Now back to Isla Reta. The resort has since walked back on their initial announcement and posted a clarification—which if you ask me, only clarifies exactly how discriminatory their shower policies are.
It starts with, “The statement was made after a transgender/transwoman (sic) was politely declined the use the (sic) women’s shower room. Thereafter, the trans was accusing us of discrimination in her FB page/posts.” Hell of an opening line there, buddy, and one that digs you straight into hole. Even if the employee had been “polite,” barring a trans woman from using the women’s shower room is in itself already transphobic.
The new statement continues with claims that cis women customers have had complaints about trans women being in the comfort rooms, and that they allegedly feel unsafe and vulnerable sharing a shower women with them. That’s… not really an excuse? Why privilege the comfort of a Marites over the safety of a trans woman? Cis women should not be used as a shield against our fellow women, and trans women should not be treated like monsters out to get cis women. “Please respect the management’s policy on using the shower rooms and CR as we have to consider and protect other guests, particularly the women’s rights and privacy,” the memo reads.
The resort shared, too, that it has LGBT+ employees and that they are not “homophobic or transphobic and that all members of the LGBTQ+ are welcome.” Way to foster that welcoming energy.
The clarification, replete with insensitive wording (“a trans” is not a good way to refer to another human being), also reiterates that the resort does not have the proper facilities to accommodate trans people. Apparently, the shower rooms, which are separated by male and female, are an open space, meaning everyone inside it can see each other. It’s a common enough practice in resorts, especially the small ones. This should’ve clued in the management, however, in just how alarming it would be for a trans woman to shower in the same place as a cis man.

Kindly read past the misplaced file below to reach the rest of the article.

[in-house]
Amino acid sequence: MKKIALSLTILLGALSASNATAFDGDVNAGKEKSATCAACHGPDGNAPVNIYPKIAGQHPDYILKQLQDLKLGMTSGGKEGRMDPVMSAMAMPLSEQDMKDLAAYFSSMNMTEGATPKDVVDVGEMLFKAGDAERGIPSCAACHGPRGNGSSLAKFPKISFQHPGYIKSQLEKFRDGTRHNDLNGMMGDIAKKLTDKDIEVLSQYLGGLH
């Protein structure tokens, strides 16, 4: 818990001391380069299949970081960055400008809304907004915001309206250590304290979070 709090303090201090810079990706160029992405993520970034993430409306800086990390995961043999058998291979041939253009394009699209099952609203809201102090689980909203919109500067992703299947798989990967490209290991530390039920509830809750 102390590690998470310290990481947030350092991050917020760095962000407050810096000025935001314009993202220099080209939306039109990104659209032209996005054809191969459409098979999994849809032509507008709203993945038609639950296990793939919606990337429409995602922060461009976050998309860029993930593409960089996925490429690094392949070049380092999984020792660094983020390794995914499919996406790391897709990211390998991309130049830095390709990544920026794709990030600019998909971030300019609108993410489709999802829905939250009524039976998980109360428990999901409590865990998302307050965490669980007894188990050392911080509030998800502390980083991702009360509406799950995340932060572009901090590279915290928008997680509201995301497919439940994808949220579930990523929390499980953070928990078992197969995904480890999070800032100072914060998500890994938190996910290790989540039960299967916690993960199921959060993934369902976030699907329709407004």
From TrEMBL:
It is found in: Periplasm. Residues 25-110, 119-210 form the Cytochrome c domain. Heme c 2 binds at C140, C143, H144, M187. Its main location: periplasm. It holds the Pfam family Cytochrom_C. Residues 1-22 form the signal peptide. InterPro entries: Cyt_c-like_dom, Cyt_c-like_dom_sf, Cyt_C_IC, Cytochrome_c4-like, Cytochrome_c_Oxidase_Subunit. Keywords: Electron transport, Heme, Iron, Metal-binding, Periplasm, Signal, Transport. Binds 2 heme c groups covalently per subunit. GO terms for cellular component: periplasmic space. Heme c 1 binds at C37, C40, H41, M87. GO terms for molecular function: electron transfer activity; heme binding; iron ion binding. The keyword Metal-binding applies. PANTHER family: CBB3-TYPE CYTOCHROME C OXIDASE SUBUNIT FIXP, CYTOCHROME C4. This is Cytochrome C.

The Department of Tourism has since announced that it is looking into the matter. “DOT promotes gender equality and mainstreaming, and does not tolerate gender discrimination in its systems, structures, policies, programs and processes. We enjoin the entire tourism industry to abide by our national laws on Gender and Development.”
Honestly? It looks pretty clear cut to me. As fatal violence against trans and gender-noncomforming people continues to surge, it’s our responsibility as a community to look out for our siblings and ensure their protection.
In better news, though, the Commission on Human Rights is holding an event in tribute to the International Day Against Homophobia, Transphobia, Intersexism, and Biphobia on May 20. One of the speakers at the event will be Gonzaga, who’ll talk about her experience at the resort.
Preen.ph has reached out to Isla Reta Beach Resort for their statement. As of writing, they have yet to respond.